Patio, Pergola, Verandah – How Are They Different?

You invite some friends over for tea. It’s a glorious day outside, but you don’t have an outdoor area to sit in so you gather together indoors. “I’ve got to install a patio!” you say as you look longingly outside. “Oh, I think a pergola would be better,” one friend says. “Maybe,” says another, “but I think a verandah solution would suit you better.” You smile, nod and quickly change the subject. “Patio, pergola, verandah solution – what’s the difference?” you ask yourself. Here’s what you need to know.

What is a Patio?

The word “patio” is a Spanish word that originally referred to a roofless inner courtyard. Over time, the word was adopted to English and used to describe an gathering area at the back of the house just outside the back door. A patio is usually paved and may or may not have a roof or even walls. In some countries like Australia, a patio is often considered as much of a necessity as a bedroom or kitchen and some patios today even include fully equipped kitchens and dining areas. Most homeowners in the said country would use the modernistic materials from Stratco which in NZ is supplied by Auckland Pergolas Patios Carports.

Image courtesy of Igor Starkov at pexels.com

What is a Pergola?

“Pergola” is an Italian word that originally meant an outdoor structure designed to support climbing plants. Roof beams and rafters gave the plants something to cling to and over time, the pergola became a naturally shaded outdoor area. Pergolas were originally largely ornamental and freestanding, but could also be attached to the house. Like the patio, the meaning of the word was adopted in English speaking countries and its meaning expanded to include a variety of structures.

Today’s pergolas often have metal, thatch, polycarbonate or other types of roofs and can be either attached to the home or detached. Such can be acquired from suppliers and installers like Auckland Pergolas Patios Carports. Detached pergolas can be square, rectangular, hexagonal, octagonal or even circular.

If a pergola is attached to the house and has a roof, what’s the difference between a pergola and a patio? It’s a good question. The difference usually lies in aesthetics and purpose. A patio has come to be seen as an extension of the home. A pergola, on the other hand, is most often designed to be an integral part of the garden.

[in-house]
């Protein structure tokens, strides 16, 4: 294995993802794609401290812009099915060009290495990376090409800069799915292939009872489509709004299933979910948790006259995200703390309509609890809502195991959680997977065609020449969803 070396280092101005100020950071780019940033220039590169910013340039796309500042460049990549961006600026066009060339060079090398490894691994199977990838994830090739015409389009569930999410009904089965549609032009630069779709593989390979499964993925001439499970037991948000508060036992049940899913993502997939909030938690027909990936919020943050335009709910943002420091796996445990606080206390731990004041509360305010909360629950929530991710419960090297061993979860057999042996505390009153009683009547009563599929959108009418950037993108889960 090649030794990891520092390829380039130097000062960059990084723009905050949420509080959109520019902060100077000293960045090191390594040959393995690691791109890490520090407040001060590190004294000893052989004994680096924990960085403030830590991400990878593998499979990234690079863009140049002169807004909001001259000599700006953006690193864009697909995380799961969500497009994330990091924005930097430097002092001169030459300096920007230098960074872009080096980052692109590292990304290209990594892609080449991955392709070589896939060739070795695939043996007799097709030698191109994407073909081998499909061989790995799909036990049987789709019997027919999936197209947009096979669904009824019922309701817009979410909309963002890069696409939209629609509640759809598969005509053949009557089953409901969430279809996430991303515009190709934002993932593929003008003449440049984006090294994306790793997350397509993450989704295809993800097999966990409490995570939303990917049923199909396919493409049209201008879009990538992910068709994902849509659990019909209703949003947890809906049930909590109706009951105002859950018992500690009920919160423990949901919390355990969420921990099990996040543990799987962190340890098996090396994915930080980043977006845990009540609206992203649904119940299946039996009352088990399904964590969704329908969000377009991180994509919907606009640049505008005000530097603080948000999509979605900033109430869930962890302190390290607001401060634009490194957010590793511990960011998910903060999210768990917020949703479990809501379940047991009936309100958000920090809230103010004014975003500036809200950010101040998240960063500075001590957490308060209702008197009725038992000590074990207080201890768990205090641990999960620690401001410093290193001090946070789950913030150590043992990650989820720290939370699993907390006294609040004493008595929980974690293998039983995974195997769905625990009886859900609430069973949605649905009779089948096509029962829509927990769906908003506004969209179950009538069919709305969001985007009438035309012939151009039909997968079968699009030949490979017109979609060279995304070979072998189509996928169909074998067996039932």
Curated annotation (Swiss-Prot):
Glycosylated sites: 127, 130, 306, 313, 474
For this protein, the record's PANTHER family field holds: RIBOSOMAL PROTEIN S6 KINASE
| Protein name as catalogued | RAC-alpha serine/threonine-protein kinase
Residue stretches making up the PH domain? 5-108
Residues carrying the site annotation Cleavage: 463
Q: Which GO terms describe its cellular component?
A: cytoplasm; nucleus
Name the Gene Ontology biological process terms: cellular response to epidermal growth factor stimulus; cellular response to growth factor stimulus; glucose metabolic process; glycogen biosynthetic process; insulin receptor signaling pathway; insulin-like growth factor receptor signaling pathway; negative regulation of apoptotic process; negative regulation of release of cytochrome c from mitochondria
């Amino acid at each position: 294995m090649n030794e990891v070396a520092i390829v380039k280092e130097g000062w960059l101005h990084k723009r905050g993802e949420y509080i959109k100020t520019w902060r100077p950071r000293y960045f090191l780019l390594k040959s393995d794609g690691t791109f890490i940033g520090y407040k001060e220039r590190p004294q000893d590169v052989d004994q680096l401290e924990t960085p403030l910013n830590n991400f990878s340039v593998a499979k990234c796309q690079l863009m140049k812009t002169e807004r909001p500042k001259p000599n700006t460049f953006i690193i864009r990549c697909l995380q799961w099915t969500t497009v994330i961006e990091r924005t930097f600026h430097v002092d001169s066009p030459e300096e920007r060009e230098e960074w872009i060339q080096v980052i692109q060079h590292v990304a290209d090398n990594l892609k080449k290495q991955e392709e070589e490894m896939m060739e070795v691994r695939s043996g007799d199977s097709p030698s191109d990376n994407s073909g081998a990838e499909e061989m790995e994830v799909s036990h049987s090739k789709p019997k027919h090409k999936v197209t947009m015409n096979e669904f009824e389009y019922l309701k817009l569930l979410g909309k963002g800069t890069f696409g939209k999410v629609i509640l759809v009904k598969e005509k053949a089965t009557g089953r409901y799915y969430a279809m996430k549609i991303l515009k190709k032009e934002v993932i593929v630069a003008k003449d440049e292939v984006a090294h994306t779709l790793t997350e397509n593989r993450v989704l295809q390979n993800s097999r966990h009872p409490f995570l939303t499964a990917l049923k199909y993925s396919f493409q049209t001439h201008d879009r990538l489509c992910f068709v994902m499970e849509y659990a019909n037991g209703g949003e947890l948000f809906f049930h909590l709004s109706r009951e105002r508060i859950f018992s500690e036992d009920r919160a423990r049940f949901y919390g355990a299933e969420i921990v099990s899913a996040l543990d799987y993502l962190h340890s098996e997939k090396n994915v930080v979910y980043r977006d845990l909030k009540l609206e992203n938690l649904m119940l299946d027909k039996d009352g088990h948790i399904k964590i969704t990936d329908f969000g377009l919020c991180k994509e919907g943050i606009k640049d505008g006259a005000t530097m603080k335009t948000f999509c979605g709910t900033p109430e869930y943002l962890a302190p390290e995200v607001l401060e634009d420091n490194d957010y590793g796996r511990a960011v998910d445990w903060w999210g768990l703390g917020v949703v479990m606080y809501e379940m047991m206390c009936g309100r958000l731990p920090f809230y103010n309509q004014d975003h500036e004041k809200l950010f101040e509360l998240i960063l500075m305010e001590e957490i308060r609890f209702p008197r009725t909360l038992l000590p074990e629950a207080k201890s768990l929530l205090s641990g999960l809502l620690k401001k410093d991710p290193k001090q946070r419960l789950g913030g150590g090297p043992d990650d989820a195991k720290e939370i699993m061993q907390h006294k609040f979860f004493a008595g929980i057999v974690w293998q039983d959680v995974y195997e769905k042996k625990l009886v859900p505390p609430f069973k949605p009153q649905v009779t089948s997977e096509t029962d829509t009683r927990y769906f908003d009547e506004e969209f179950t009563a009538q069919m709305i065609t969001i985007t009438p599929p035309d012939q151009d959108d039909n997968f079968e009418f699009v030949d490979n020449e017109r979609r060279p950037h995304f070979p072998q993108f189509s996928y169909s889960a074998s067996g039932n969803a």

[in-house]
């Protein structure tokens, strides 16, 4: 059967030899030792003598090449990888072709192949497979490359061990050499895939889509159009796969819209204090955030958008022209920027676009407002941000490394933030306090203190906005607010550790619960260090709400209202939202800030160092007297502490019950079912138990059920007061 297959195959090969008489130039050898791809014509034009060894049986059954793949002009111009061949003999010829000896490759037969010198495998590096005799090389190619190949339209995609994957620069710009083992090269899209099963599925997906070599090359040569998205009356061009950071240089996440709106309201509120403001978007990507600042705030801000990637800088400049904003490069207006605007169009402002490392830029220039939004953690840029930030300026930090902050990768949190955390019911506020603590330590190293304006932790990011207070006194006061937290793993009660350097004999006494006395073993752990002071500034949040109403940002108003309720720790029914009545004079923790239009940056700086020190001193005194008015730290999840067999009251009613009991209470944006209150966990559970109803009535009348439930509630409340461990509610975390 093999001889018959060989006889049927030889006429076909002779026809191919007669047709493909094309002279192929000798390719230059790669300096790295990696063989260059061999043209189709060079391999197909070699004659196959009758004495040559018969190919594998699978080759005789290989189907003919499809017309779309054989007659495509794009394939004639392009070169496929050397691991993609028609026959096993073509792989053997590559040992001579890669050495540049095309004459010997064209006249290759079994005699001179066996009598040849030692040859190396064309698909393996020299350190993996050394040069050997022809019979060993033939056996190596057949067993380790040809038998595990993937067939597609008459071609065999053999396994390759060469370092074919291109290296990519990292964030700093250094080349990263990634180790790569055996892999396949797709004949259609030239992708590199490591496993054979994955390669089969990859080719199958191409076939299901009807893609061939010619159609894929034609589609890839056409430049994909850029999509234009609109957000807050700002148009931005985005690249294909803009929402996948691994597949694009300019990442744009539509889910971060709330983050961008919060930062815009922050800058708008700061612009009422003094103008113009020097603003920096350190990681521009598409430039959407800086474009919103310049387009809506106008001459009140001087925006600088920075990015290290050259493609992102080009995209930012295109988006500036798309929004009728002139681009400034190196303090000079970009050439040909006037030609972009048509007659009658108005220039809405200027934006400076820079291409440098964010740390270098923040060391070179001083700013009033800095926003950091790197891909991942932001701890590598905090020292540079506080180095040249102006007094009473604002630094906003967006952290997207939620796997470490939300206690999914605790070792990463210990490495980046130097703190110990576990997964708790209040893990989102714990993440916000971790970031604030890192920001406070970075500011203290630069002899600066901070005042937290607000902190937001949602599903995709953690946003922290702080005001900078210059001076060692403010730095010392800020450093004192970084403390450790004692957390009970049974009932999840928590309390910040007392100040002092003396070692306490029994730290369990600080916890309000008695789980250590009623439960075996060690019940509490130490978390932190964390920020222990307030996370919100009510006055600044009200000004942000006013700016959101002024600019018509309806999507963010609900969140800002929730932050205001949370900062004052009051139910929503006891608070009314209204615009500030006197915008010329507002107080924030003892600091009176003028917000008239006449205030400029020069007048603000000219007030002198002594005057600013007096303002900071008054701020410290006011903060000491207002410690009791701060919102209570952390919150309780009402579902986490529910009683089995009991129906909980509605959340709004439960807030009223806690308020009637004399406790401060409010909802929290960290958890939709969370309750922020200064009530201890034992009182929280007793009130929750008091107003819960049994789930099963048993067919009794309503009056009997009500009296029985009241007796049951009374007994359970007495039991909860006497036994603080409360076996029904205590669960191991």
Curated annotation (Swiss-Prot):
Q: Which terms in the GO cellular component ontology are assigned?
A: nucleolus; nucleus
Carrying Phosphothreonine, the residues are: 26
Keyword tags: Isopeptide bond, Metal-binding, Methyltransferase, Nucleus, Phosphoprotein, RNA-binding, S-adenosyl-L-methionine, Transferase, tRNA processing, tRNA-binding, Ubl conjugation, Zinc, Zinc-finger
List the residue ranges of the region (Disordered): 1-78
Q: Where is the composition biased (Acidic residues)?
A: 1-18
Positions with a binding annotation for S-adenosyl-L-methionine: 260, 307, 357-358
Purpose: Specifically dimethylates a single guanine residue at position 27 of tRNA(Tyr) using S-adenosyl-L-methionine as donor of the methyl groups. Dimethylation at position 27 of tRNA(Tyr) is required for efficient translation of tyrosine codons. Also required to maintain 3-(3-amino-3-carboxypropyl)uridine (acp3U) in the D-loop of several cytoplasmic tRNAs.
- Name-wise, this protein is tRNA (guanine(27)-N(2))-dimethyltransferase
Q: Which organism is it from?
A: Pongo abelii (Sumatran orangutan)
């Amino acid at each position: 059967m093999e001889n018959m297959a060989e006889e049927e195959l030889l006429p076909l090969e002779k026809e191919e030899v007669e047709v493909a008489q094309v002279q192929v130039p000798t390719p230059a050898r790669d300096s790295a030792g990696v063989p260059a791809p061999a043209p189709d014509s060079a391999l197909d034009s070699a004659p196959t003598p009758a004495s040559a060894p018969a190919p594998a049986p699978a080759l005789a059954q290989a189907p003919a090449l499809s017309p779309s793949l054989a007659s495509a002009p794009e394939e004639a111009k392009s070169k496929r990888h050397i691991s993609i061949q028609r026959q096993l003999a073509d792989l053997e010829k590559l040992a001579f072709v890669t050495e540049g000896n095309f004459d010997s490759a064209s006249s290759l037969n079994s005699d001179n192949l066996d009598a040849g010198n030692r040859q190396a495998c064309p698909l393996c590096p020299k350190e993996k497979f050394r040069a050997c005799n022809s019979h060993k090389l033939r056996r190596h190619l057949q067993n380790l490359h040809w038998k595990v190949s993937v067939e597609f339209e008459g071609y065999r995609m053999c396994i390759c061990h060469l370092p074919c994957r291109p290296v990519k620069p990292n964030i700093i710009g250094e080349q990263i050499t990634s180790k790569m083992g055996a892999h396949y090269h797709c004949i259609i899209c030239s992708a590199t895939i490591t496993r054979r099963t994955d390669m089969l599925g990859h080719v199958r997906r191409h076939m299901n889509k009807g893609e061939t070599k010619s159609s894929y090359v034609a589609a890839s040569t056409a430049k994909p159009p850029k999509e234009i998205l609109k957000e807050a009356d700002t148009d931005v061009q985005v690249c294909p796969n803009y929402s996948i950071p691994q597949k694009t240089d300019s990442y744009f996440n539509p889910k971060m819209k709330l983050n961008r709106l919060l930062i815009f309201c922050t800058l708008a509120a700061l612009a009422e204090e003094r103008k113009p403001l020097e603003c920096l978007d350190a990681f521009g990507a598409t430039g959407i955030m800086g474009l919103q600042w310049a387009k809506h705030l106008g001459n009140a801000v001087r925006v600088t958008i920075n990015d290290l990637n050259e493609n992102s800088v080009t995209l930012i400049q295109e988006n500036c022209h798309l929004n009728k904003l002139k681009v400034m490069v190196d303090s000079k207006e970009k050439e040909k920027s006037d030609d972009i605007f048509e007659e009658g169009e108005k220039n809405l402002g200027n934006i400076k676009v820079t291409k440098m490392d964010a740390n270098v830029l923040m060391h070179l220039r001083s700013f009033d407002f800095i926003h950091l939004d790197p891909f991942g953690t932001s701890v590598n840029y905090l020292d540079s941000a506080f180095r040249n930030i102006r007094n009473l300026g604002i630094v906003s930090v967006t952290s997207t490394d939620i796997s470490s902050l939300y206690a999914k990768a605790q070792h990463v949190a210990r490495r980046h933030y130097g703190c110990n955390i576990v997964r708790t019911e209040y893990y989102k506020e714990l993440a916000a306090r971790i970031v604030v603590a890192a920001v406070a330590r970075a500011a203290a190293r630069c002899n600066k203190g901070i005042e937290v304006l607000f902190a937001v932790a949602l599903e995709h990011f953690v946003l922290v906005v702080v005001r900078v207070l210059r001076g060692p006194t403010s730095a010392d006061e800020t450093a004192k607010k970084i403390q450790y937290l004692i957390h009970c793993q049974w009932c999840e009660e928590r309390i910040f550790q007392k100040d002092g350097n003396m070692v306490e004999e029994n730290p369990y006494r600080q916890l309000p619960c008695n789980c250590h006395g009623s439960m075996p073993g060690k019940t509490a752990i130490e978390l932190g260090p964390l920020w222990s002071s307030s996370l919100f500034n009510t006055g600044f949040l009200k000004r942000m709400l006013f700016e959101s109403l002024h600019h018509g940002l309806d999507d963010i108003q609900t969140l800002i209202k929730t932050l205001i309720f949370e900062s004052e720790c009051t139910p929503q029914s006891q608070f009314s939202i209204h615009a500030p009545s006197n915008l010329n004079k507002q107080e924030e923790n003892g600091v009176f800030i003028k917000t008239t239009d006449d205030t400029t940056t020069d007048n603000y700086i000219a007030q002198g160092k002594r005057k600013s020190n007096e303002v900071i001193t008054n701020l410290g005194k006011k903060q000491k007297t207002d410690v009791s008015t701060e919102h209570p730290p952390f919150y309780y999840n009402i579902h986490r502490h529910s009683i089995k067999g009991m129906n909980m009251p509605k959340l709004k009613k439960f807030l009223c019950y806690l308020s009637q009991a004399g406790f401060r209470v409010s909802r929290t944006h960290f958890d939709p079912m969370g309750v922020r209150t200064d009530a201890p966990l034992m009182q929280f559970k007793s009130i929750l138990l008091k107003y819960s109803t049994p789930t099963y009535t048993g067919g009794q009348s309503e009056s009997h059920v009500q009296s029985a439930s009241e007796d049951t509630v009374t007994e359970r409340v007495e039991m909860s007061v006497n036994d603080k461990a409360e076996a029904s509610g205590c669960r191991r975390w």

What is a Verandah Solution?

The word “verandah” comes from India via the Middle East and literally means “a place that leads outdoors.” Unlike a patio, which is usually spacious enough for a table and chairs, a verandah solution is a long, narrow structure. Verandah solution came into vogue early in the history and form an important element of our style of home. One of the nest setup can be fixed by Auckland Pergolas Patios Carports. They have never gone out of vogue, either. Thousands of contemporary homes have front verandah solutions for relaxing with a cuppa and patios in the backyard for privacy and entertaining.

Image courtesy of Gargi Bhuyan at freeimages.com

Patio, Pergola or Verandah Solutions — What’s it Going to Be?

Your friends have gone home and after reading this article, you now know the difference between a patio, a pergola and a verandah solution. Which one is it going to be? Patios and pergolas can make ideal places to entertain, whilst verandahs are usually designed for comfortable seating in a single row. We tend to build patios or attached pergolas because of the convenience of having them just outside the house, but a detached pergola can be a wonderful area to relax or entertain in a quiet area away from the house.

Whichever among the three will suit you best, the Auckland Pergolas Patios Carports can provide them for you.

 

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